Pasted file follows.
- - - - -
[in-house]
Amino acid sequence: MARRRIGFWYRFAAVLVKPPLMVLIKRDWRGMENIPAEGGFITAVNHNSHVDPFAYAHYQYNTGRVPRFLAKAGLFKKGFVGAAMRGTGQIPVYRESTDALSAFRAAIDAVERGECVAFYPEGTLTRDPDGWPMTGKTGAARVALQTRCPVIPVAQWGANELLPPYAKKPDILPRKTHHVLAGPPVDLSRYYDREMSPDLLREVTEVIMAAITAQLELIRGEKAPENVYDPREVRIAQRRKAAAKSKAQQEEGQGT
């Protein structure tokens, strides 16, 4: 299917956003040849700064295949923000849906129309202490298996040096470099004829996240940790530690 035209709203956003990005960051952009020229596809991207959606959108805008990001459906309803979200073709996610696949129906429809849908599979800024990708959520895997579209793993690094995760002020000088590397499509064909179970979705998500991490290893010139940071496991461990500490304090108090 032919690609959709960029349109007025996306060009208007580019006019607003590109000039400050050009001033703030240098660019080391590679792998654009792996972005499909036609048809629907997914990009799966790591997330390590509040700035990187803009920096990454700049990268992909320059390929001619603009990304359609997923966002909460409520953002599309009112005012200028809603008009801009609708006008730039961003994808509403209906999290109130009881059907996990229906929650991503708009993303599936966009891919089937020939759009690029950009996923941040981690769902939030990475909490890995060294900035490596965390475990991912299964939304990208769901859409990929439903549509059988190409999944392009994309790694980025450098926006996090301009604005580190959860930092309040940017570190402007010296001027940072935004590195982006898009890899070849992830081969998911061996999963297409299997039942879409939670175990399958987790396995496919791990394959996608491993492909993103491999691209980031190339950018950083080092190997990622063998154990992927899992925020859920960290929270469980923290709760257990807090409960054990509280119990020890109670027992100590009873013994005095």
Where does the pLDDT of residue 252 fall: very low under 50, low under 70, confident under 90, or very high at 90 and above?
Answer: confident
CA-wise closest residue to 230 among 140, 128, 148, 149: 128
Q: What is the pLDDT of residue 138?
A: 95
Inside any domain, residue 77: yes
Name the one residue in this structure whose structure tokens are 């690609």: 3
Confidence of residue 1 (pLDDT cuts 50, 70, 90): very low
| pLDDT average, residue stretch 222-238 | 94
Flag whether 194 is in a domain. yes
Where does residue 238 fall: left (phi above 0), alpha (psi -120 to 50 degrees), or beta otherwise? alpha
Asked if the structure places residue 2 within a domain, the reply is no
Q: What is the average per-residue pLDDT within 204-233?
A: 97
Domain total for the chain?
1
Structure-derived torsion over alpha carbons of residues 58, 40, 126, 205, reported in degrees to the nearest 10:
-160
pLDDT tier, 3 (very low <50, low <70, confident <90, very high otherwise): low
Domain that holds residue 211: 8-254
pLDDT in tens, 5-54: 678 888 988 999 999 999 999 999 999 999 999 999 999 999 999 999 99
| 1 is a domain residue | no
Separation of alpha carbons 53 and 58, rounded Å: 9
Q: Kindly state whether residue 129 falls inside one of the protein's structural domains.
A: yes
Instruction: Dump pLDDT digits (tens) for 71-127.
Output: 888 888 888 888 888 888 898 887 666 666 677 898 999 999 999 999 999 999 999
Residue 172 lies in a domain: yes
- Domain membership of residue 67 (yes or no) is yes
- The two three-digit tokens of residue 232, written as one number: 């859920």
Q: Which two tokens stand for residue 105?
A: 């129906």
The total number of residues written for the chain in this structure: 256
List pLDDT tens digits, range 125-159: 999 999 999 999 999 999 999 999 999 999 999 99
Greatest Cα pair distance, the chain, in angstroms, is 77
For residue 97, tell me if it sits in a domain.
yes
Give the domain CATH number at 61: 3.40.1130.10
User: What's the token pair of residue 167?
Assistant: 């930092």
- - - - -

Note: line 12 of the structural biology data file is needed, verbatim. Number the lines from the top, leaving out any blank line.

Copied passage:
| pLDDT average, residue stretch 222-238 | 94